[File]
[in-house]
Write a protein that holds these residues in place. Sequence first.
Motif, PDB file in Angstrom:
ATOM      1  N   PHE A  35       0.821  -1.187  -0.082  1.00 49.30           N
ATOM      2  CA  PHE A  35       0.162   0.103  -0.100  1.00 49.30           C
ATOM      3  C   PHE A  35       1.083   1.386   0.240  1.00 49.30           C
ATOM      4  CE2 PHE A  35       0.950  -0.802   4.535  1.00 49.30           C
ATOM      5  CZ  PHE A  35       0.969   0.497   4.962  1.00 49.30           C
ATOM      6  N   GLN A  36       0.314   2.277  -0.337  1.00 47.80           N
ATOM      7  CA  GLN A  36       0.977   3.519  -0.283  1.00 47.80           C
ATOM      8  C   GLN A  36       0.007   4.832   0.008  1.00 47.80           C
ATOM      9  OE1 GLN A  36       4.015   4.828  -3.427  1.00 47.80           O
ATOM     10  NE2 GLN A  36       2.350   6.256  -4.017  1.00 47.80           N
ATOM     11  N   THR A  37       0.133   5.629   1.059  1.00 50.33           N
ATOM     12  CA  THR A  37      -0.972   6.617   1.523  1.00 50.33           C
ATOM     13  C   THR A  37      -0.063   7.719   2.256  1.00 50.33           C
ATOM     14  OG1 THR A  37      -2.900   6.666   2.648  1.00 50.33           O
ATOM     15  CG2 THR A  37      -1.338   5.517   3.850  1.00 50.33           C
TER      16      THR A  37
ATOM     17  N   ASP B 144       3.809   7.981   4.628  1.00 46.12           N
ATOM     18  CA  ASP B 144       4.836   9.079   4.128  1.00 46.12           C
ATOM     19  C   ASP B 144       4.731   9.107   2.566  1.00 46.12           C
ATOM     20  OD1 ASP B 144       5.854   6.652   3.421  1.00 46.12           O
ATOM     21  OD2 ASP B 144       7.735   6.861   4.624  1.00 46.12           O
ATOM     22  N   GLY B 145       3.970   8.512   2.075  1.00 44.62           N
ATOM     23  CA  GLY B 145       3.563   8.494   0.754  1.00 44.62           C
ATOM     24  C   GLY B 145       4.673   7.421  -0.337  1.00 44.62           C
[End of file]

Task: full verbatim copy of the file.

[in-house]
Write a protein that holds these residues in place. Sequence first.
Motif, PDB file in Angstrom:
ATOM      1  N   PHE A  35       0.821  -1.187  -0.082  1.00 49.30           N
ATOM      2  CA  PHE A  35       0.162   0.103  -0.100  1.00 49.30           C
ATOM      3  C   PHE A  35       1.083   1.386   0.240  1.00 49.30           C
ATOM      4  CE2 PHE A  35       0.950  -0.802   4.535  1.00 49.30           C
ATOM      5  CZ  PHE A  35       0.969   0.497   4.962  1.00 49.30           C
ATOM      6  N   GLN A  36       0.314   2.277  -0.337  1.00 47.80           N
ATOM      7  CA  GLN A  36       0.977   3.519  -0.283  1.00 47.80           C
ATOM      8  C   GLN A  36       0.007   4.832   0.008  1.00 47.80           C
ATOM      9  OE1 GLN A  36       4.015   4.828  -3.427  1.00 47.80           O
ATOM     10  NE2 GLN A  36       2.350   6.256  -4.017  1.00 47.80           N
ATOM     11  N   THR A  37       0.133   5.629   1.059  1.00 50.33           N
ATOM     12  CA  THR A  37      -0.972   6.617   1.523  1.00 50.33           C
ATOM     13  C   THR A  37      -0.063   7.719   2.256  1.00 50.33           C
ATOM     14  OG1 THR A  37      -2.900   6.666   2.648  1.00 50.33           O
ATOM     15  CG2 THR A  37      -1.338   5.517   3.850  1.00 50.33           C
TER      16      THR A  37
ATOM     17  N   ASP B 144       3.809   7.981   4.628  1.00 46.12           N
ATOM     18  CA  ASP B 144       4.836   9.079   4.128  1.00 46.12           C
ATOM     19  C   ASP B 144       4.731   9.107   2.566  1.00 46.12           C
ATOM     20  OD1 ASP B 144       5.854   6.652   3.421  1.00 46.12           O
ATOM     21  OD2 ASP B 144       7.735   6.861   4.624  1.00 46.12           O
ATOM     22  N   GLY B 145       3.970   8.512   2.075  1.00 44.62           N
ATOM     23  CA  GLY B 145       3.563   8.494   0.754  1.00 44.62           C
ATOM     24  C   GLY B 145       4.673   7.421  -0.337  1.00 44.62           C